12. Award of Collector when to be final

  1. Such award shall be filed in the Collector's office and shall, except as hereinafter provided, be final and conclusive evidence, as between the Collector and the persons interested, whether they have respectively appeared before the Collector or not, of the true area and value of the land, and apportionment of the compensation among the persons interested.

  2. The Collector shall give immediate notice of his award to such of the persons interested as are not present personally or by their representatives when the award is made".

Section 11 envisages that an enquiry may not be concluded on the very first day and, therefore, authorizes the Collector to adjourn the considerations of objections to any day fixed in the notice.

However, after considering the objections he is obliged to make an award under his hand regarding

  1. the true area of the land;

  2. the compensation which in his opinion should be allowed and

  3. the apportionment of the compensation amongst the persons interested.

The first proviso to Section 11 provides that an award shall not be made by the Collector without the previous approval of the appropriate Government or of such officer as the appropriate Government may authorize. Thus before an award can be said to have been made it is mandatory that it must be approved by the Government or the officer authorized in this behalf.

Section 11A provides the period within which an award shall be made. It prescribes a period of two years from the date of publication of declaration as the period within which an award must be made. If no award is made within that period the entire proceedings for the acquisition of the land shall lapse. The explanation to Section 11A clarifies that in computing the period of two years, the period during which action or proceedings to be taken in pursuance of the said declaration is stayed by an order of a Court shall be excluded.

Before we consider the main submission urged on behalf of the appellants, we shall consider the submission urged by them that in the instant case, the period during which the stay granted by the High Court operated can not be excluded because the order of stay had been obtained by the Society itself and, therefore, it can not take advantage of the stay granted by the High Court. The submission must be rejected. The order of stay passed on 29.6.90 by the High Court was in the following terms :- "Operation of the declaration dated 30.6.1988 issued by the respondent No.1 in No. RD 182 AQB 84 (Annexure-A to the W.P.) be and the same is hereby stayed, for a period of two weeks from 29.6.1990".

As noticed earlier, the operation of the order of stay was continued until further orders and was ultimately modified by an order of February 7, 1991 which is as follows :- "Interim order of stay granted by this Court on 29.6.90 and continued by order dated 10.7.1990 shall not prevent the Government in giving approval to the draft Award which is said to be pending considerations before the Government".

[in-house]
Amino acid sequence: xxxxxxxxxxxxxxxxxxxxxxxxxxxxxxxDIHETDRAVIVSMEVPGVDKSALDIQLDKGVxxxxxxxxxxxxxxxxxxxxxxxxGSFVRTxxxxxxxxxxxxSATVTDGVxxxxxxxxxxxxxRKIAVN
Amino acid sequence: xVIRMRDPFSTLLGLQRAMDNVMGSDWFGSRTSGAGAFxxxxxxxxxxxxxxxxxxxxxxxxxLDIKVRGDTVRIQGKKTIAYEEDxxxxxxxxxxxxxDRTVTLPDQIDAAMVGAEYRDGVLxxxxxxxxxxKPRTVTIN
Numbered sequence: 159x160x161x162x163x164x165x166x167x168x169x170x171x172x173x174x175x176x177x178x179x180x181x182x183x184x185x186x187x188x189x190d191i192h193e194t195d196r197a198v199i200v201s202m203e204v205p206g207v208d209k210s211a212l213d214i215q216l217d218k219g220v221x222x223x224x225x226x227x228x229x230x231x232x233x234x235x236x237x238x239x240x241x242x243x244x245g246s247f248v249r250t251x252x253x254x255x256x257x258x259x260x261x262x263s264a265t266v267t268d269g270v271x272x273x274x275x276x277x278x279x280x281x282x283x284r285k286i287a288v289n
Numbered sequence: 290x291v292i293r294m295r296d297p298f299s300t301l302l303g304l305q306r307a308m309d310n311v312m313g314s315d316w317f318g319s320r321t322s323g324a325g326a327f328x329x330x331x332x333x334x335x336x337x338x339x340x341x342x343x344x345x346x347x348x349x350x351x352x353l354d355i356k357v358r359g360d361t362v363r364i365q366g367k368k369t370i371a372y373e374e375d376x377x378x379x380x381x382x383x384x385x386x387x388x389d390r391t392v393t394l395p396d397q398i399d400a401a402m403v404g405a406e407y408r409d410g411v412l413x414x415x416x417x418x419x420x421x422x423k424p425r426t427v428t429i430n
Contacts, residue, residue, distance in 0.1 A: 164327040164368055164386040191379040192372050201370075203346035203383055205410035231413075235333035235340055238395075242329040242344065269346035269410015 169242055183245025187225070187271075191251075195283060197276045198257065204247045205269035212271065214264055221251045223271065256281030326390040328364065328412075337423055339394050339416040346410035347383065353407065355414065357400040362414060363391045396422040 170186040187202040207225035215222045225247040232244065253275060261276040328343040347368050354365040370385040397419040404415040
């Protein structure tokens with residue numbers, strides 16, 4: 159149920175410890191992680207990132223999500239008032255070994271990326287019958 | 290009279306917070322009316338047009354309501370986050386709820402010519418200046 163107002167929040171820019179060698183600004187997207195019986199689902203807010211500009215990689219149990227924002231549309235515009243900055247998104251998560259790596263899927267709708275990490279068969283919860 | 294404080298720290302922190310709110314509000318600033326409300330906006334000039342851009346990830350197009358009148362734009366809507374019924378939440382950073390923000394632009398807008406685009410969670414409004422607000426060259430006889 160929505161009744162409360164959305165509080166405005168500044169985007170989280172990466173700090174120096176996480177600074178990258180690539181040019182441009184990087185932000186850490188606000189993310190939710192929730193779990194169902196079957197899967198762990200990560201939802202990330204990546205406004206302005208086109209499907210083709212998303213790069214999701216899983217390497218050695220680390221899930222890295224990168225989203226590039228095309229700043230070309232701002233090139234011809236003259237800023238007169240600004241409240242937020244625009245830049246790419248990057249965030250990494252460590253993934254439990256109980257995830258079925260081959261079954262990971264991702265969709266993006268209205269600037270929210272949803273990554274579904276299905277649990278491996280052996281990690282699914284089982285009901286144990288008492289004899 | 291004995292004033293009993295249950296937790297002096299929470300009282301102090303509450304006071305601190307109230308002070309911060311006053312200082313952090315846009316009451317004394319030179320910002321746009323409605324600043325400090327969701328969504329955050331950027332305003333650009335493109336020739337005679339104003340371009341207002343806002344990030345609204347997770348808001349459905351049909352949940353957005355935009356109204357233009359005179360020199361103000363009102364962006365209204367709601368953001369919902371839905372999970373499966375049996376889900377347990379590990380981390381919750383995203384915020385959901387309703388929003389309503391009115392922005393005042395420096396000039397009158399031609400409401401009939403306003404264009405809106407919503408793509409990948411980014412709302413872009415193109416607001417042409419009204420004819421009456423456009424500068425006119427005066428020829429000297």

A mere reading of the order of stay of June 29, 1990 makes it abundantly clear that the operation of the declaration made under Section 6 of the Act was itself stayed, that is to say, as if no declaration has been made under Section 6 of the Act. Such being the position no steps required to be taken under the Act after publication of the declaration under Section 6 could be taken either by the Collector or by the Government. The Government was, therefore, prevented from approving the award submitted to it by the collector.

Thus, it was on account of the order of stay passed by the High Court that the Government was prevented from granting approval earlier than February 7, 1991, when it was clarified that the order will not prevent the Government only from giving approval to the draft award pending consideration before it. Once, the order of stay was so modified, the Government granted approval on November 16, 1992.

It was not disputed before us that if the period from June 6, 1990 to November 18, 1992 is excluded from the time taken in making the award, the award must be held to have been made within two years from the day of last publication of the declaration under Section 6 of the Act.

The submission that the stay order was obtained by the Society itself is of no consequence, having regard to the language of explanation to Section 11A of the Act. The exclusion of the period during which the order of stay operated is not dependant upon the party obtaining such an order. An order passed by the Court must be obeyed by all concerned. In the instant case the Society moved the High Court and obtained an order of stay. In effect, the order operated in such a manner that the Government was prevented from granting approval to the award even if it so desired, nor could it refuse approval during the period the order of stay operated. Therefore, explanation to Section 11A came into operation and in accordance therewith the period during which the order of stay operated must be excluded from the total time taken to make the award.

Reliance was placed by the appellants on the observations made Gujarat & Another (1991) 4 SCC 531. In our view the aforesaid decision in fact supports the case of the respondents. In the aforesaid judgment it was held:- "The said Explanation is in the widest possible terms and, in our opinion, there is no warrant for limiting the action or proceedings referred to in the Explanation to actions or proceedings preceding the making of the award under Section 11 of the said Act".